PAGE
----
Pittsfield School Committee OKs $63.5M school budget request
PITTSFIELD — The School Committee approved a $63.5 million budget request for the coming fiscal year during its meeting on Tuesday.
The spending plan, which requires City Council approval during the city budget process next month, reflects an increase of about $3 million over the current year — a rise of about five percent.
The state is poised to give the city more than ever in school reimbursements, which lands amid a larger conversation about the commonwealth's school funding formula. Superintendent Jason McCandless had originally planned to use about $500,000 more of the cash infusion, but decided to rein in spending after talks with Mayor Linda Tyer.
The city expects a $3.7 million increase to its state reimbursement, and the revised proposal leaves about $700,000 for the city to use toward school building maintenance and health insurance costs for school employees.
Though multiple School Committee members had expressed disappointment in saving funds for administrative and capital needs during the last meeting, the Tuesday vote was unanimous and involved little discussion.
In order to achieve the savings McCandless presented earlier this month, he nixed a plan to add 14 paraprofessionals to the city's elementary schools. Those additions would have allowed teachers much-anticipated down time for common planning.
Achieving that goal is "still a work in progress," Assistant Superintendent for Business and Finance Kristen Behnke said after the meeting.
Still, McCandless has said the influx in state funds allows him to make unprecedented additions to the city's schools
- School safety and security improvements totaling $250,000.
- Curriculum exploration to the tune of $250,000.
- Four academic interventionist teachers to some of the city's elementary schools: one each at Morningside Community School, Egremont Elementary School, Williams Elementary School, and one split between Capeless and Stearns Elementary schools.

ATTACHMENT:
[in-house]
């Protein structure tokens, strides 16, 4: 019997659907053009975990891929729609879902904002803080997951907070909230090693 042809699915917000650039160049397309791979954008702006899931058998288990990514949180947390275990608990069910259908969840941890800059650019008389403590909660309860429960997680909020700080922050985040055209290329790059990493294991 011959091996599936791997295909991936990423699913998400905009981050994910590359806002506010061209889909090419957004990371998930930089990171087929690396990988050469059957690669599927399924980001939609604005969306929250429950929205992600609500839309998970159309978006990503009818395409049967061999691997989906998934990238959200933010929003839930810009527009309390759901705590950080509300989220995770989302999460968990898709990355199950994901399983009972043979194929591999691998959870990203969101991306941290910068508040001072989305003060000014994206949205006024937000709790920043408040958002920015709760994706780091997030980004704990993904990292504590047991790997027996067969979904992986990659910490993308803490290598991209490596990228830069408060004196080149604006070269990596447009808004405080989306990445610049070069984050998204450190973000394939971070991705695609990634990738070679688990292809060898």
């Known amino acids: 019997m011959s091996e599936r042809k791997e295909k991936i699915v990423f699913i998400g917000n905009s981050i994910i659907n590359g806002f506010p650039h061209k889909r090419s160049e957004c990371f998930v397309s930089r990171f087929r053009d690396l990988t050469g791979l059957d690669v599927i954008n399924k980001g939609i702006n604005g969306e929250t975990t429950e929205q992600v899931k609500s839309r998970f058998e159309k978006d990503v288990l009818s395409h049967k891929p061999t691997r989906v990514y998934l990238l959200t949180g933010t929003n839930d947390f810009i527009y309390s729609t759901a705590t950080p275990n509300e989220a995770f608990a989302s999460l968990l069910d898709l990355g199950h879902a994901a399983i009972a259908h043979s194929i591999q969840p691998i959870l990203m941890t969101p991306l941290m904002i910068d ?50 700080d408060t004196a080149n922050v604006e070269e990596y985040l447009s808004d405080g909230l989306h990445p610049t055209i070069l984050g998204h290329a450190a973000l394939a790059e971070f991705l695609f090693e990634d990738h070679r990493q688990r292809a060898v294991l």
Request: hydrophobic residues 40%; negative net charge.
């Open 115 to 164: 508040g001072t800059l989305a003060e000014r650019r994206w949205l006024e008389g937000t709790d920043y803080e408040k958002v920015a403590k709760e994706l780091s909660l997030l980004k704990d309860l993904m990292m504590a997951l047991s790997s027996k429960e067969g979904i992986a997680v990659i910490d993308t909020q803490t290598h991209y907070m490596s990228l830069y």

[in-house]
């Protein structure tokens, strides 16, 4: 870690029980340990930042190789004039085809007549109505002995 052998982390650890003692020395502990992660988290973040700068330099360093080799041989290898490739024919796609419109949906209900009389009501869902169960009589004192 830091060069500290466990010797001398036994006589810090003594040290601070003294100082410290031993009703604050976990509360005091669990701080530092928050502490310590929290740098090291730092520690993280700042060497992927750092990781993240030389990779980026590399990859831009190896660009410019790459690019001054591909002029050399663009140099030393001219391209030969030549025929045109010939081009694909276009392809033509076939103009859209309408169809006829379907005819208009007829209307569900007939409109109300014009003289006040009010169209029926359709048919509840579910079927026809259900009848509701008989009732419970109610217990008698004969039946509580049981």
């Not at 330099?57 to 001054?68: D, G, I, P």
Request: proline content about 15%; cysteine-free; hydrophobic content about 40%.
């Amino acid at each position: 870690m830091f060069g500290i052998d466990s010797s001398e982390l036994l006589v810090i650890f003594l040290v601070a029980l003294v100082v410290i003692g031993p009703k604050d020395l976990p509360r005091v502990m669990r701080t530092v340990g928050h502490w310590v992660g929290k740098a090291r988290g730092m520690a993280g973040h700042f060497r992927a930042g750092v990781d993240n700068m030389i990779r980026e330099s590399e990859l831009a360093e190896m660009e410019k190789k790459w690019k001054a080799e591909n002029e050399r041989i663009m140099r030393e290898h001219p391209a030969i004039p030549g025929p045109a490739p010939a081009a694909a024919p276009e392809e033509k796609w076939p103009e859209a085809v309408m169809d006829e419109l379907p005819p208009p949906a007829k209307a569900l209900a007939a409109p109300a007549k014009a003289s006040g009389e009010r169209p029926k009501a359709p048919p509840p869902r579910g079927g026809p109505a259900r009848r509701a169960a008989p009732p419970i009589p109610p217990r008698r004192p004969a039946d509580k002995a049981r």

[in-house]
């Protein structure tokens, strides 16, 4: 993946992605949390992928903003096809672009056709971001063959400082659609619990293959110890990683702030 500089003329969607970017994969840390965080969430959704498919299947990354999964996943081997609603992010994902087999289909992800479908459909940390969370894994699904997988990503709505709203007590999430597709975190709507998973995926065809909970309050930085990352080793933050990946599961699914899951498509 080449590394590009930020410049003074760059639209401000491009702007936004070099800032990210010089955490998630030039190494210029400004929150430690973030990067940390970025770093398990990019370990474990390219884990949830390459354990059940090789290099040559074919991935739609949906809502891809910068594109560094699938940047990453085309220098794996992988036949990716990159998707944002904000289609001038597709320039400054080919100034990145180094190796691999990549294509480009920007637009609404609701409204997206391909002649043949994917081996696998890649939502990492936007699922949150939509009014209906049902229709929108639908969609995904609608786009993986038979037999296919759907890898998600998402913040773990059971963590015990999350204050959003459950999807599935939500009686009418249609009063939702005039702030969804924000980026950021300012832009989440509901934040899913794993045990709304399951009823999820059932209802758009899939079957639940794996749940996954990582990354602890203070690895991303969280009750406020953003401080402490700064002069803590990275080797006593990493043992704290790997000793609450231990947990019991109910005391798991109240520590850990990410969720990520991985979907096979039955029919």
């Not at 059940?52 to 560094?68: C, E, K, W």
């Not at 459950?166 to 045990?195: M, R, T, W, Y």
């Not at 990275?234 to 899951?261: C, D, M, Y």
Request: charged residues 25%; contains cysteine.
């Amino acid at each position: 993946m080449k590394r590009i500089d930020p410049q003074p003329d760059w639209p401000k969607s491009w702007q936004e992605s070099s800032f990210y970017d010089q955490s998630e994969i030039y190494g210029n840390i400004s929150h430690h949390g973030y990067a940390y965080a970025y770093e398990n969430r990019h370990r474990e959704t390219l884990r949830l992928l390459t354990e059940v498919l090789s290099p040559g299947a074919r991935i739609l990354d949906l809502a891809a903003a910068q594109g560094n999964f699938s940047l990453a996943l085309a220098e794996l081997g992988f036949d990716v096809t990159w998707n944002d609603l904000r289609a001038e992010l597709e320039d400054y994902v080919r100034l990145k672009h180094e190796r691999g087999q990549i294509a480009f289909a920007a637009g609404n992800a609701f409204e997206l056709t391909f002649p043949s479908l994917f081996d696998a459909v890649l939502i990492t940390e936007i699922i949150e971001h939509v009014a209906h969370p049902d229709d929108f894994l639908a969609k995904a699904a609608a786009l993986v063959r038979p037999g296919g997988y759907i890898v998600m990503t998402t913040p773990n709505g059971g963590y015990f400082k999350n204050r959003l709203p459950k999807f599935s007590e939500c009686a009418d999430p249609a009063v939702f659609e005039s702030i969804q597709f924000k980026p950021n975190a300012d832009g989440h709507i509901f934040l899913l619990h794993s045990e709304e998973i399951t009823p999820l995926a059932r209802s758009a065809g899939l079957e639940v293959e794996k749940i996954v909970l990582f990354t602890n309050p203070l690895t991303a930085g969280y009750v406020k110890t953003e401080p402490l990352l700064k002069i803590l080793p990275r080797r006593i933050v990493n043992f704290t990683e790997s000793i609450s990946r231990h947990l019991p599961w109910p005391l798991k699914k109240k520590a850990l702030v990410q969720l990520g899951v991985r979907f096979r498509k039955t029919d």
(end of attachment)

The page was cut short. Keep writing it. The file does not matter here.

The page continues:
- Five special education coordinators. The plan is to add a full-time special education instruction and accountability coordinator each at Crosby and Egremont Elementary schools, and split three others among the district's other six elementary schools.
- Two special education instruction and accountability coordinators, stationed at the city's high schools.
- Five new teachers at Taconic to fill new programs and respond to a boost in enrollment. The full-time teachers would cover math, electrical, horticulture, early education and auto body.
- A full-time reading teacher for Taconic High School's Read 180 program. That program is intended to help students make quick gains in their reading levels.
- A consultant to help implement restorative justice practices. This is needed because "we think the stakes are so high," McCandless said.
- A $50,000 spending budget for the district's cultural competency coach.
- One intervention teacher for Crosby's therapeutic program.
- One teacher of deportment for Crosby's therapeutic program.
Amanda Drane can be contacted at email@example.com, @amandadrane on Twitter, and 413-496-6296.
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